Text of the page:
The U.S. dollar was on one side of 89 percent of all transactions, followed by the euro (37 percent), the yen (20 percent) and the pound (17 percent). Table 3 shows the U.S. dollar/euro continued to be by far the most traded currency pair in April 2004, with 28 percent of global volume, slightly less than in 2001, followed by U.S. dollar/yen with 17 percent (20 percent in 2001) and U.S. dollar/pound with 14 percent (11 percent). The share of trading in local currencies in emerging markets increased slightly to 5.2 percent.

In the OTC derivatives market, average daily turnover increased by 112 percent between April 2001 and April 2004, to $1.2 trillion at current exchange rates. The OTC market section consists of “non-traditional” foreign exchange derivatives — such as cross-currency swaps and options — and all interest-rate options.

“What surprised me was the large increase in derivatives trading,” says Osman Ghandour of The Forex Edge. “It appears the forex market is attracting a higher level of speculative fever — always a dangerous sign.

“However, what's more, I think participants have become more sophisticated in trading crossrates, which also adds to the turnover,” he continues.

Bank of New York's Woolfolk also sees speculative trading as a significant factor in the forex market.

“Currency is now traded as an asset class more so than at any time in the past, and such speculative interests have undoubtedly boosted FX turnover,” he says.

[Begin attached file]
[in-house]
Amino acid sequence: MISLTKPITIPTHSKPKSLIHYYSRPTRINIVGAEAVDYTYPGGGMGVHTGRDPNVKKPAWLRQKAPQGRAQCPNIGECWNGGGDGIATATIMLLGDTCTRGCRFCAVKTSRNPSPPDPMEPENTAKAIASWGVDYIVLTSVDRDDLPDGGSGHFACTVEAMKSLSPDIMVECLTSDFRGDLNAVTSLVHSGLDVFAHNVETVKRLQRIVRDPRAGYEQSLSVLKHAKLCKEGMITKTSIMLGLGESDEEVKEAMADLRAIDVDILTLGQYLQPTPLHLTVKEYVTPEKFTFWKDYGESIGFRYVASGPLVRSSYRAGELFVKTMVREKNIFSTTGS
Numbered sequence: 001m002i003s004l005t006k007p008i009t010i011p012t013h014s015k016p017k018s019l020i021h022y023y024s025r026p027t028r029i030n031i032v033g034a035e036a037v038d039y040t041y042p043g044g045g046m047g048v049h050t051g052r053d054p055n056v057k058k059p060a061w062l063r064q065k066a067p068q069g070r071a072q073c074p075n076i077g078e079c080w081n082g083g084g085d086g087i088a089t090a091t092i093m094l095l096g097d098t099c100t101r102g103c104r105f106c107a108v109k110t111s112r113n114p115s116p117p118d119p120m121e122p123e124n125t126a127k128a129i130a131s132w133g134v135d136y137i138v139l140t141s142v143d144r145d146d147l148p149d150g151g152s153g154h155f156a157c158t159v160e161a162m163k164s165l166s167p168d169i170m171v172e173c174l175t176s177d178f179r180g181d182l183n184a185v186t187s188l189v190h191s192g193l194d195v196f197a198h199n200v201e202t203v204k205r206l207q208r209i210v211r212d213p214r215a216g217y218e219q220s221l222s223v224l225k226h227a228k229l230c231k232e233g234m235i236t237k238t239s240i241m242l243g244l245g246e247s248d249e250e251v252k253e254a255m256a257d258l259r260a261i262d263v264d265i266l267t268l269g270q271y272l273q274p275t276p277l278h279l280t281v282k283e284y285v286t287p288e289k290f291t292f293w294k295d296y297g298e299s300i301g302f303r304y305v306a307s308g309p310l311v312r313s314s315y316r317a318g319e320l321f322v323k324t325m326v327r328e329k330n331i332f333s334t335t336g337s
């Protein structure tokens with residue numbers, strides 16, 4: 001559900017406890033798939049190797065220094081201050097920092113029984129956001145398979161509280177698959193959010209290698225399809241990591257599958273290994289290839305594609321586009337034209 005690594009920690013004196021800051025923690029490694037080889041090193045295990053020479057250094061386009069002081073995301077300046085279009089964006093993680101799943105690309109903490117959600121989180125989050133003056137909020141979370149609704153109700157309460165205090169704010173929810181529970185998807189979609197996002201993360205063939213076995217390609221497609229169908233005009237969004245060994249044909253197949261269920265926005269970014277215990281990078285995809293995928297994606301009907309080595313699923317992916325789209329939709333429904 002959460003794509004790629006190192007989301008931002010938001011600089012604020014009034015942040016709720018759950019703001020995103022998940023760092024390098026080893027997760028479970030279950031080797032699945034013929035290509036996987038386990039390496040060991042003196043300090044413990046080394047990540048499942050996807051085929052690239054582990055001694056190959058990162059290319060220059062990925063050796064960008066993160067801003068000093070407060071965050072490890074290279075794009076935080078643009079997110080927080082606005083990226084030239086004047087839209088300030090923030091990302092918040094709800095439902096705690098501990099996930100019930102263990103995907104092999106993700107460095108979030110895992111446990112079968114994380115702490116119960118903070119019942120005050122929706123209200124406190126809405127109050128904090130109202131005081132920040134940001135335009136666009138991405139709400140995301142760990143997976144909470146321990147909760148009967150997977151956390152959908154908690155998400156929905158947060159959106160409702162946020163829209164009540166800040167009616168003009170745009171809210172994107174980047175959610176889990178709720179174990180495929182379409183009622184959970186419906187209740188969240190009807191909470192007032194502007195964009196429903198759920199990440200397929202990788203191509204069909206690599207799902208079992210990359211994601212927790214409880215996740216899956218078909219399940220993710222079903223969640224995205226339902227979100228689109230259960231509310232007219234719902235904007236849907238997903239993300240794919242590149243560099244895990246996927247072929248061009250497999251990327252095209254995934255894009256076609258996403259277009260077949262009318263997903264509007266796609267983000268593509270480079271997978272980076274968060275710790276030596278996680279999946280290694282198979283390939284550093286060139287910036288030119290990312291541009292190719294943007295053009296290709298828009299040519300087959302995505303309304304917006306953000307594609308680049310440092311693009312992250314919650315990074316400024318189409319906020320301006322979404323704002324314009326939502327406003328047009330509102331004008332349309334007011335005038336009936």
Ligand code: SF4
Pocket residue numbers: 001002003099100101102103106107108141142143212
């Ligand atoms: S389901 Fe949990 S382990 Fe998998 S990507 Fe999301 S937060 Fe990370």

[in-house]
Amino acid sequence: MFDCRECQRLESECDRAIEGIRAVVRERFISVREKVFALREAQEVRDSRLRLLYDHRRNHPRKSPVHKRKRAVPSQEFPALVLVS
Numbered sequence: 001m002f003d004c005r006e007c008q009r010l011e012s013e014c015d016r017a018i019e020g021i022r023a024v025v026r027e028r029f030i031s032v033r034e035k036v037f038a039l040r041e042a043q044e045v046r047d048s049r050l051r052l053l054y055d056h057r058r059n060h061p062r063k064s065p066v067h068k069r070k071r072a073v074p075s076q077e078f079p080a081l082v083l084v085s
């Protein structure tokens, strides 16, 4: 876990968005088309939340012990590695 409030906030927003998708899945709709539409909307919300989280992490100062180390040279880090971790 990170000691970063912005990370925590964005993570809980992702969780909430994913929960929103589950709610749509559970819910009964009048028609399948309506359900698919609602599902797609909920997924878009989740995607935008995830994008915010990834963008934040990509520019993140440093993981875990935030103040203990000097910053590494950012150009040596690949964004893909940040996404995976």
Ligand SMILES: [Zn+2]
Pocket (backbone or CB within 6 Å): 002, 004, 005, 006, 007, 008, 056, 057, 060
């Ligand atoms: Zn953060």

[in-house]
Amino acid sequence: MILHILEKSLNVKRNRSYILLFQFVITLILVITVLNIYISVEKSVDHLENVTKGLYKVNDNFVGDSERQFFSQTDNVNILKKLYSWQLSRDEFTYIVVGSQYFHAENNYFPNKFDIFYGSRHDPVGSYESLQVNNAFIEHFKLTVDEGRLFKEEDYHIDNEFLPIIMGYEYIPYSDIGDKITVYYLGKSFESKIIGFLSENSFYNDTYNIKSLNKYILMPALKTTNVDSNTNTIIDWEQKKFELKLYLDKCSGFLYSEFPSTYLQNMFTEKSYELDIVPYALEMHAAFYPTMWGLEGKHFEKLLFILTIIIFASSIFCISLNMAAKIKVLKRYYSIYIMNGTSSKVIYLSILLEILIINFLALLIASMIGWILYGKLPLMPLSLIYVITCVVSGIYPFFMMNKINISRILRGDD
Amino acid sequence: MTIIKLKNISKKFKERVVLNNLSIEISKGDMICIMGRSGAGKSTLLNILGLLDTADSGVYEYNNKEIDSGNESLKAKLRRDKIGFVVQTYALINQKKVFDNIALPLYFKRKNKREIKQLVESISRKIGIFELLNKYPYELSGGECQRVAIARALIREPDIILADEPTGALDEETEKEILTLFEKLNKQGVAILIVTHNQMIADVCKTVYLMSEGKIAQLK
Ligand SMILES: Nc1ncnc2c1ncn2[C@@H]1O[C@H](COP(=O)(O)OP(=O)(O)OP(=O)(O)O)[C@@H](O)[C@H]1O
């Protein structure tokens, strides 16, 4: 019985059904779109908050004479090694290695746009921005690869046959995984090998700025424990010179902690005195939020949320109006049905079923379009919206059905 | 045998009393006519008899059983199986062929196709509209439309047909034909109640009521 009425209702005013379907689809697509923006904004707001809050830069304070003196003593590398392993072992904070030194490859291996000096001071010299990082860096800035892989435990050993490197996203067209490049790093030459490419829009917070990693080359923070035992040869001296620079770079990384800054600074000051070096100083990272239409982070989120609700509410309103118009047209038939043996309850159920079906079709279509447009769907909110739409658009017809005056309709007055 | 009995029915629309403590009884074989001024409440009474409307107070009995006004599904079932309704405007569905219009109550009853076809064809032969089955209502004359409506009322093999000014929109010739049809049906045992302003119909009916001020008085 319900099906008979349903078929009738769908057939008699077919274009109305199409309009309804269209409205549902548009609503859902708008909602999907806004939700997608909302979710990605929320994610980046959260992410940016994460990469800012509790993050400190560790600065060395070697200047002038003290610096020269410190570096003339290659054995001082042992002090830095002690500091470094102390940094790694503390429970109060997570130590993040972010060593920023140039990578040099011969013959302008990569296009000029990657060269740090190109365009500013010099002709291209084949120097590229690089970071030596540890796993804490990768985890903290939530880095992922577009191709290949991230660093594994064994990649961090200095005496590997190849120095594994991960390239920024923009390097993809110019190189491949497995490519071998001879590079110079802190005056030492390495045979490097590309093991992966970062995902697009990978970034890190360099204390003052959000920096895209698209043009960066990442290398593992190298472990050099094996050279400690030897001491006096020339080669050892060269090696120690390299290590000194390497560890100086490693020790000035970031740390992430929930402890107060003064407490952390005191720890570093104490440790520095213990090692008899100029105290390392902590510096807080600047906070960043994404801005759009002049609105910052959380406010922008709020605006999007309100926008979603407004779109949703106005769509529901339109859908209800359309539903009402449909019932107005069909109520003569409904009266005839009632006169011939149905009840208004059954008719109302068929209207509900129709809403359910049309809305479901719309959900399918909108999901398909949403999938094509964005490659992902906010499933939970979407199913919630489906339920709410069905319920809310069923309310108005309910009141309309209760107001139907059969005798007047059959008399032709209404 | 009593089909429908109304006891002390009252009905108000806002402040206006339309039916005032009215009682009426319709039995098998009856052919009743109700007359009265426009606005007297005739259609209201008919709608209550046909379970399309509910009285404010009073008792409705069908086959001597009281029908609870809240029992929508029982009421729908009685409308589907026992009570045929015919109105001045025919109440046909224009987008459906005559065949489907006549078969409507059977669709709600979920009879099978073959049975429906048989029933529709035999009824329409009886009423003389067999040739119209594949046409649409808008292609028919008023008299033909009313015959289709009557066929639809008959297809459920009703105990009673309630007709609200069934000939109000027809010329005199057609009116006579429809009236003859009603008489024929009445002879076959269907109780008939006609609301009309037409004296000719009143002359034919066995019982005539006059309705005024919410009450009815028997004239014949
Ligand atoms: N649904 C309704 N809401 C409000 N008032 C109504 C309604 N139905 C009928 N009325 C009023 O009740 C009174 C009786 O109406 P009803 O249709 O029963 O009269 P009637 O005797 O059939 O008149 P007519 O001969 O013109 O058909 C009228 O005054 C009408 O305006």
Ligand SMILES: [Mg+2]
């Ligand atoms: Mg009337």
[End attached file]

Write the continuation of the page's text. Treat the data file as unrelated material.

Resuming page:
Business in interest rate contracts grew by 110 percent. The increase was driven especially by trading in dollar-denominated instruments, which were up by 128 percent, according to the survey. Activity was intense for dollar-denominated options, with turnover up a whopping 675 percent. Because of this jump, trading in interest rate options represented 17 percent of total trading in interest rate products — a threefold increase over April 2001.

“If you look at the breakdown of the increase, the largest component is not the spot market, but rather FX swaps, although all three components — spot, outright forwards and swaps — all posted gains year over year,” says Dave Floyd of Aspen Trading, an FX trading and research firm.

Euro also robust

Activity was also strong for euro-denominated contracts, up by 100 percent. Business in euro-denominated interest rate swaps expanded by 66 percent. In terms of market size, contracts denominated in euros remained larger than those in dollars — $461 billion vs. $347 billion.

After decreasing between April 1995 and April 2001, activity in yen-denominated interest rate swaps expanded by 119 percent, to $35 billion. According to the BIS, the growth may reflect the signs of economic recovery and the associated changes in the outlook for interest rates. Activity in pound-denominated interest rate swaps was also up by 157 percent, to $59 billion.

Turnover in foreign exchange derivatives — or currency options — was up by 109 percent, to $140 billion. A currency option provides a trader with protection against adverse movements in foreign exchange rates. The share of this segment of the OTC derivatives market remained around 12 percent. Activity was boosted by contracts involving the U.S. dollar (up by 104 percent, to $110 billion), especially the dollar/euro and the dollar/yen pairs (up by 124 percent and 58 percent, respectively). Turnover also increased for other euro-denominated contracts, by 130 percent, to $23 billion.

Looking at the counterparty breakdown, turnover with other financial institutions rose to 43 percent of global OTC derivatives turnover, up from 29 percent in April 2004. •

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Back in November 2004, the online magazine Currency Trader published, for the first time of its history, a detailed and very informative article on the depth of the Forex market.